Backbone.js 1.0.0 nested view memory leak in Chrome

I’ve played with Backbone.js recently and tried to figure out how to get rid of memory leaks caused by nested views. As a reference I used “How To: Detect Backbone Memory Leaks” post by Andrew Henderson.

After some research it looks like the proposed code for view disposal can be simplified when using with newer version of Backbone (which is 1.0.0 at the time of writing this post).

Backbone 0.9.2 code from original post:

close: function() {
    console.log('Kill: ', this);
 
    this.unbind(); // Unbind all local event bindings
    this.model.unbind( 'change', this.render, this ); // Unbind reference to the model
    this.options.parent.unbind( 'close:all', this.close, this ); // Unbind reference to the parent view
 
    this.remove(); // Remove view from DOM
 
    delete this.$el; // Delete the jQuery wrapped object variable
    delete this.el; // Delete the variable reference to this node 
}

Proposed Backbone 1.0.0 code:

close: function() {
    console.log('Kill: ', this);

    this.remove();
}

As you can see, explicit unbinding of events is not necessary, if listenTo() is used instead of on(), because, according to library reference for remove(), it “Removes a view from the DOM, and calls stopListening to remove any bound events that the view has listenTo’d”.

But here is an interesting thing: if you try now to test for memory leaks, Chrome will still find leaking detached DOM elements in my example! See screenshot of Chrome heap snapshot after adding and removing several views:

dom-leak

The first easy – and wrong – fix was to explicitly remove references to DOM elements in subview’s close() method:

close: function() {
    console.log('Kill: ', this);

    this.remove();

    this.el = null; // ???
    this.$el = null; // ???
}

It worked. But why is it wrong? Because theoretically nothing holds reference to the removed view after this.remove() is executed, and it should be garbage collected with its detached DOM element by browser automatically. Thus setting el and $el to null should be redundant.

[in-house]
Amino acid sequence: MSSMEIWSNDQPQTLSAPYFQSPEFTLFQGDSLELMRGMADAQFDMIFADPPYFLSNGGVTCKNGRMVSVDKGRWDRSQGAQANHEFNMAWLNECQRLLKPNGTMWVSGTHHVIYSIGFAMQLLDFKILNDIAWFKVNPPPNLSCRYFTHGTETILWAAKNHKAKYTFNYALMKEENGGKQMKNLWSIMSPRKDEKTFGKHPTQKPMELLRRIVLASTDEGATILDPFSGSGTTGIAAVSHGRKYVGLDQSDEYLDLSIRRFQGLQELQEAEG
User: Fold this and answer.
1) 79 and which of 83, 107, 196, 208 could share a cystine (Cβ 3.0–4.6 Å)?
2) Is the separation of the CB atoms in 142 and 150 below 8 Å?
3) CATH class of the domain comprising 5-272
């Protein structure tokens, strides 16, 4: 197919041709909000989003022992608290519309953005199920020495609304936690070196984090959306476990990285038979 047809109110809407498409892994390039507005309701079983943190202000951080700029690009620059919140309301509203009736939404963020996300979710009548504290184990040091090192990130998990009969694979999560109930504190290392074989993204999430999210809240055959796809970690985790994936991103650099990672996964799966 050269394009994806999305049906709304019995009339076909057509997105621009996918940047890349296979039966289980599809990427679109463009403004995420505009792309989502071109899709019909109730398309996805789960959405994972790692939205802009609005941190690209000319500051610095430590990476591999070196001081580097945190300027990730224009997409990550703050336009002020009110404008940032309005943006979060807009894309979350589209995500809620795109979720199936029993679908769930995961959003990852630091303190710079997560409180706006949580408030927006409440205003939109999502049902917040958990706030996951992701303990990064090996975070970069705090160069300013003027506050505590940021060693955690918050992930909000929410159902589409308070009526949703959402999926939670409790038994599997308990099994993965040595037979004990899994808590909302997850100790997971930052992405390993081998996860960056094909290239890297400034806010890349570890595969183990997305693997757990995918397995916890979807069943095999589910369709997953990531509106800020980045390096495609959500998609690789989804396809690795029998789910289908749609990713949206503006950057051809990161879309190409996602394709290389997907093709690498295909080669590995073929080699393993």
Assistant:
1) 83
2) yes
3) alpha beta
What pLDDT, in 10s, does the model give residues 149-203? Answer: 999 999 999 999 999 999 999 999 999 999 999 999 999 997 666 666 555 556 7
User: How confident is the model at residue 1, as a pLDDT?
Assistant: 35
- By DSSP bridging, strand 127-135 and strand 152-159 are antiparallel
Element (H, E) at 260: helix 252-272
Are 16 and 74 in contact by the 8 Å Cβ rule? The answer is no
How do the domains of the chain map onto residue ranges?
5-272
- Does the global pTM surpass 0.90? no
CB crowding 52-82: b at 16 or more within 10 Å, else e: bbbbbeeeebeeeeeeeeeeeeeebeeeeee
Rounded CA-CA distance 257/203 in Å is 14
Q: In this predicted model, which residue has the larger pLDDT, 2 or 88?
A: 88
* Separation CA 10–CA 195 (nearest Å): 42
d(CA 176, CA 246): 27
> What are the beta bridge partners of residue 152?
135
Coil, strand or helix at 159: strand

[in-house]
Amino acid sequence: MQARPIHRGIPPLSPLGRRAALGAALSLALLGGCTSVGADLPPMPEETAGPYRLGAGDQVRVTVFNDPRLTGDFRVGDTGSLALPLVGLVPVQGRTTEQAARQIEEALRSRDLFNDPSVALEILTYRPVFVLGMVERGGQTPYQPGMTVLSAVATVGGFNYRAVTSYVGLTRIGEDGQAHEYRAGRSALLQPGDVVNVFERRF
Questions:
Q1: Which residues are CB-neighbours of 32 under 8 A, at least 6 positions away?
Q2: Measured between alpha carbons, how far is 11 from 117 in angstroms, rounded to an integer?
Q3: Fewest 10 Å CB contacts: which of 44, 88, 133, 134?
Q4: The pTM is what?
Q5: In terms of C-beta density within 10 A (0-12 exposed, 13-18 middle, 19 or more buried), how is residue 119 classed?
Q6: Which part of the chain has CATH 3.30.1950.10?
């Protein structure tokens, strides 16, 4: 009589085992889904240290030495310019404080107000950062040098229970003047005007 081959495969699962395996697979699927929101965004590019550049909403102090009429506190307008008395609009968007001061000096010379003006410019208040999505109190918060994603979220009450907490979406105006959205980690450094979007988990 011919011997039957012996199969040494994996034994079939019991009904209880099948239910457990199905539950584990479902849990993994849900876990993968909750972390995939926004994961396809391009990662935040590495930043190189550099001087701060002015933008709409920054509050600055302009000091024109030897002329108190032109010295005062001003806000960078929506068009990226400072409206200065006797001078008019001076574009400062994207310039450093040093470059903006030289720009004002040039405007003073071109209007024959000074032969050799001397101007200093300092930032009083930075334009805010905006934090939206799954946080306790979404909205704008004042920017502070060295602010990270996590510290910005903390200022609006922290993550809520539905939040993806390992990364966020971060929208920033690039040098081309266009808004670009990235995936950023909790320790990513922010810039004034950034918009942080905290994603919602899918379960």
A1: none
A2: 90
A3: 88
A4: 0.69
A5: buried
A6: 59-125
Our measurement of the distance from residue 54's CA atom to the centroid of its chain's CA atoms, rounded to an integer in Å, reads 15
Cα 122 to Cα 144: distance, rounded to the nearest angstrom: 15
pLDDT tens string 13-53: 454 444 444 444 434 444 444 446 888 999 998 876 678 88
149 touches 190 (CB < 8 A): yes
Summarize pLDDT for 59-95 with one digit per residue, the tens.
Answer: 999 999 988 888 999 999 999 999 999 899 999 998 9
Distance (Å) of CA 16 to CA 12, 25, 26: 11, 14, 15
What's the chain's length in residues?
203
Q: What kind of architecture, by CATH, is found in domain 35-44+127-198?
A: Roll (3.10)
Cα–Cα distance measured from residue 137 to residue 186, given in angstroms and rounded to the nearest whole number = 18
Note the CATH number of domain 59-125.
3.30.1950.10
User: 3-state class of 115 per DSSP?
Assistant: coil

Lets figure out what makes the detached DOM elements stay in memory. According to heap snapshot analyzer the DOM elements are not removed, because parent Backbone views were not removed:

parent-view

It means that something holds reference to the removed views. Let’s check retain trees for our views:

view-retain-tree

There’s this strange _idToWrappedObject, which references the removed view. And it turns out (thanks to this SO answer), that it has something to do with Chrome’s cache for objects mentioned in console logs!

So the real fix is to clear console or remove the console.log() call from close():

close: function () {
    // console.log('Kill: ', this);

    this.remove();
}

Conclusion

1) Use tools to analyze memory leaks.
2) Dispose view with its DOM element using Backbone.View.remove().
3) Use Backbone.Events.listenTo() instead of Backbone.Events.on(), so that Backbone.View.remove() removes event handlers for you.
4) Don’t forget to remove all references to deleted views, so that garbage collector can free memory and detached DOM elements.
5) Console logging can cause caching of removed objects in Chrome and thus affect memory leak detection, so don’t forget to clear console before taking heap snapshot.

See full source code at http://plnkr.co/edit/xfJWIF.

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